This is a time when investors may want to build up some cash. A share that has appreciated and may be overvalued does not necessarily mean it is time to sell given potential tax consequences and the fact that you may simply be wrong. I’ve addressed this topic in my article when to sell shares. Yet there are other ways of raising cash. New savings can be directed towards cash instead of the share market. Dividends can be retained instead of reinvested.
How does the market look from a relative valuation perspective
There is no correct answer. There are however two techniques that investors typically use when assessing valuation levels. The first technique is using relative valuation measures. A relative valuation measure is a financial ratio such as price to earnings (“P/E”). Other ratios such as price to sales or price to cash flow are also used.
A relative valuation measure is representative of how much investors are willing to pay for a dollar of earnings or sales or cash flow. The higher the ratios the more investors are willing to pay. One critical element of a relative valuation measure is that the number does not tell us anything. A P/E of 15 or 20 tells us nothing in isolation and we must focus on the ‘relative’. We need a point of comparison.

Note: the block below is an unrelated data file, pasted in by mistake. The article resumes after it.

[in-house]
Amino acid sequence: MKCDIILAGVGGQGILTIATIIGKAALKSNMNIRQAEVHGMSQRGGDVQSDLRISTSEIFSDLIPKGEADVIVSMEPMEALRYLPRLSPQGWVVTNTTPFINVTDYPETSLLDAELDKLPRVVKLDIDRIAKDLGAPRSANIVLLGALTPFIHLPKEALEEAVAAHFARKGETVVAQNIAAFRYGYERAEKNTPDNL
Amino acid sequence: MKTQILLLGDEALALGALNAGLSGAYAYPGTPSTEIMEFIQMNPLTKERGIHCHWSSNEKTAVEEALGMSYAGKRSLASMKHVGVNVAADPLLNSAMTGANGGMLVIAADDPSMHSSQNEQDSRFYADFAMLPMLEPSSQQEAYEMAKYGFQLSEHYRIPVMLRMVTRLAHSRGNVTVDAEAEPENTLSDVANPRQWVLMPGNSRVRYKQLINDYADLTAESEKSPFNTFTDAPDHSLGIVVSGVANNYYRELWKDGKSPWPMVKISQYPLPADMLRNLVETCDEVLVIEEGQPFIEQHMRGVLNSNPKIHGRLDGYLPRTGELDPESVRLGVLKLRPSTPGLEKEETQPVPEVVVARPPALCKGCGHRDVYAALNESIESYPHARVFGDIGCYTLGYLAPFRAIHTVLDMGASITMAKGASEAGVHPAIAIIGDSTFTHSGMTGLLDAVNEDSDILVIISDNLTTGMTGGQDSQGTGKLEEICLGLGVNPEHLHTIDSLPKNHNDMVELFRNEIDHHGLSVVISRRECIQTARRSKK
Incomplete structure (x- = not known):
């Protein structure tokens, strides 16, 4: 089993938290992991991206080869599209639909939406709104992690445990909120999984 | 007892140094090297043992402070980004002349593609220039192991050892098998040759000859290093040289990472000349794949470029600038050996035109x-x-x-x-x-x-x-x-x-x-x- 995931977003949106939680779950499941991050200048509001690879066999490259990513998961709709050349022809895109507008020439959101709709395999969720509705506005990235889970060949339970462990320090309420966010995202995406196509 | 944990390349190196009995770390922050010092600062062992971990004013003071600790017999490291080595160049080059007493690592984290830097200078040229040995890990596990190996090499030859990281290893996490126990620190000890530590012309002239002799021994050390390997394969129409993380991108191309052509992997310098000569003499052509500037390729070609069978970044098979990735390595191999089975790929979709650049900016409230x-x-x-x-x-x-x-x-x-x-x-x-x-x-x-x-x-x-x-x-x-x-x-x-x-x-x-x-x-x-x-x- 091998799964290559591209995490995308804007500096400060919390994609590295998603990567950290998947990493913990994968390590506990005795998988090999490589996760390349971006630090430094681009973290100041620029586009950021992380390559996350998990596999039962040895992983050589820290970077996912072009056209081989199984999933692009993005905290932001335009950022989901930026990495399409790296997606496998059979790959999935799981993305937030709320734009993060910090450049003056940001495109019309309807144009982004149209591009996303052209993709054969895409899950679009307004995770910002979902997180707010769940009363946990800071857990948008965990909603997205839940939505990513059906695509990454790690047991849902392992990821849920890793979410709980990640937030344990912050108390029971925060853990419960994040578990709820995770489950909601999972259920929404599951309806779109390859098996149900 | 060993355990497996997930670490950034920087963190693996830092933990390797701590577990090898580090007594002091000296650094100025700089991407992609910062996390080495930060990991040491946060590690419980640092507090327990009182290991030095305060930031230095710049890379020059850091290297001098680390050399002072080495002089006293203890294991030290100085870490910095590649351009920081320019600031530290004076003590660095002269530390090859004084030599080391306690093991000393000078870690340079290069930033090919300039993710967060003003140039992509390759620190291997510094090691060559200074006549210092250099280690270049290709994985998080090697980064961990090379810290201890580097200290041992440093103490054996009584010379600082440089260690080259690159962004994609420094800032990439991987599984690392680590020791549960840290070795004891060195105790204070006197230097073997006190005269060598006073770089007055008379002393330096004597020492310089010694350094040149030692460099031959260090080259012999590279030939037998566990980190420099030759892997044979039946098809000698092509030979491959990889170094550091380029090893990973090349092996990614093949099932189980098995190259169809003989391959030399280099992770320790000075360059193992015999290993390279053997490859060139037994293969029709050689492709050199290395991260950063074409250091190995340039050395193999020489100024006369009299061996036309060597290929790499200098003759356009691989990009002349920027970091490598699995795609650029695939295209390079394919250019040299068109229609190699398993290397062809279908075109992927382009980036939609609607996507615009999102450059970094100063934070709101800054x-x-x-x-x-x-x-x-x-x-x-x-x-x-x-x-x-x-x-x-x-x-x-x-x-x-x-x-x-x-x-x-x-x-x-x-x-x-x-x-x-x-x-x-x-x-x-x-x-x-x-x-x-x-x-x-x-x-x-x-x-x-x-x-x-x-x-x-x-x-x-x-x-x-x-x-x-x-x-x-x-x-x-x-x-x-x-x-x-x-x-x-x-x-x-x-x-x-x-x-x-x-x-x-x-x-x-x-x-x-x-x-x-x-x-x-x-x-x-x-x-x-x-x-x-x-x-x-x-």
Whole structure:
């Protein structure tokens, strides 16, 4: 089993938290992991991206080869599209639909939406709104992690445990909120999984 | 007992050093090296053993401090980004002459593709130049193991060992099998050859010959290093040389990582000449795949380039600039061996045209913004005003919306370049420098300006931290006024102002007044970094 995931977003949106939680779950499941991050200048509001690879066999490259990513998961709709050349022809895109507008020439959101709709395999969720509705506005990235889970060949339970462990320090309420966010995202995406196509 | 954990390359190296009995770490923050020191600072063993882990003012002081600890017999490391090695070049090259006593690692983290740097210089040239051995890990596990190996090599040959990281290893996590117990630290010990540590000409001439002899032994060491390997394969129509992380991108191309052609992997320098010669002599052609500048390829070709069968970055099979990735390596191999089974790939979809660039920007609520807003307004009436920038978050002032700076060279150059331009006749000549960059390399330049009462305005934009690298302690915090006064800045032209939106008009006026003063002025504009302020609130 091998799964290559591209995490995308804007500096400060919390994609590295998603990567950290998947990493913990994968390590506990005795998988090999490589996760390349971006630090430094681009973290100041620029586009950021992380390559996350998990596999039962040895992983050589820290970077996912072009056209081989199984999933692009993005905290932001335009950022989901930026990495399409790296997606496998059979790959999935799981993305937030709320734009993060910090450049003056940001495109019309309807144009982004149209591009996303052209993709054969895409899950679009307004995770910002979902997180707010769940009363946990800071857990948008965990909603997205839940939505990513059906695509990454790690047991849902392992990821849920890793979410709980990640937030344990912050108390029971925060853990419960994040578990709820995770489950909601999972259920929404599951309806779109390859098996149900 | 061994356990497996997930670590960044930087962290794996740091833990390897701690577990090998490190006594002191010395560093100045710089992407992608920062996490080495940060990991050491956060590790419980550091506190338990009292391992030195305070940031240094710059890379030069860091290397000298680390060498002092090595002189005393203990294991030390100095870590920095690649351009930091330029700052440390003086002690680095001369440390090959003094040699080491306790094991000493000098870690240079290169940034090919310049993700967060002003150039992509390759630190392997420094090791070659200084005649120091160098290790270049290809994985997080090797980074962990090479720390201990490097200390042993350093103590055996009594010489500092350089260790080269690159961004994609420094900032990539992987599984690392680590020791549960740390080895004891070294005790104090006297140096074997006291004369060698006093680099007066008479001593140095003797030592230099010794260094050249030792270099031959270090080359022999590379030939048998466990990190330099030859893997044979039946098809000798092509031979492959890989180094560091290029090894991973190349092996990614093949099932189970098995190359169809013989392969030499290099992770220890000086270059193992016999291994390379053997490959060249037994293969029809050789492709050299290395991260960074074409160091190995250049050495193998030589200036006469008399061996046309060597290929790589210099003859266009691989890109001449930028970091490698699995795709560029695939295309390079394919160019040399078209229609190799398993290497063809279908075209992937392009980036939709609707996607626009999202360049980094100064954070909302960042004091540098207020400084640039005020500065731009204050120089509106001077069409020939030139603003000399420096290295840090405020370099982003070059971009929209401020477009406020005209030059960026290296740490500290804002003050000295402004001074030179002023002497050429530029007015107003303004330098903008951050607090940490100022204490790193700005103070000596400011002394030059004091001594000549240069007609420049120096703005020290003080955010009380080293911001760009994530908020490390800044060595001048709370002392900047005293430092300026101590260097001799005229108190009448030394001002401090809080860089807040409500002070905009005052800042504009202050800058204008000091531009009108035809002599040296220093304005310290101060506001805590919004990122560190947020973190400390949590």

If the market is trading at a P/E of 15 and it traded at 20 times earnings last year we can say that the market is cheaper than it was a year ago. If the Australian market is trading at 10 times earnings and the US is at 20, we can say that the US market is more expensive than the Australian market. What a relative valuation measure cannot tell you is if the differences between two markets, two points in time or two different companies are justified.
There are many reasons why a market or a company would trade at a different valuation level. For instance, when comparing two points in time the level of interest rates would influence valuation levels. Expected growth rates between countries or companies will influence valuation levels. If earnings are expected to fall in the future valuations would be lower.
I like to use the cyclically adjusted price to earnings (“CAPE”) ratio as a relative valuation measure for the overall market. The CAPE ratio uses the average earnings from the past 10 years to smooth out the cyclicality of earnings.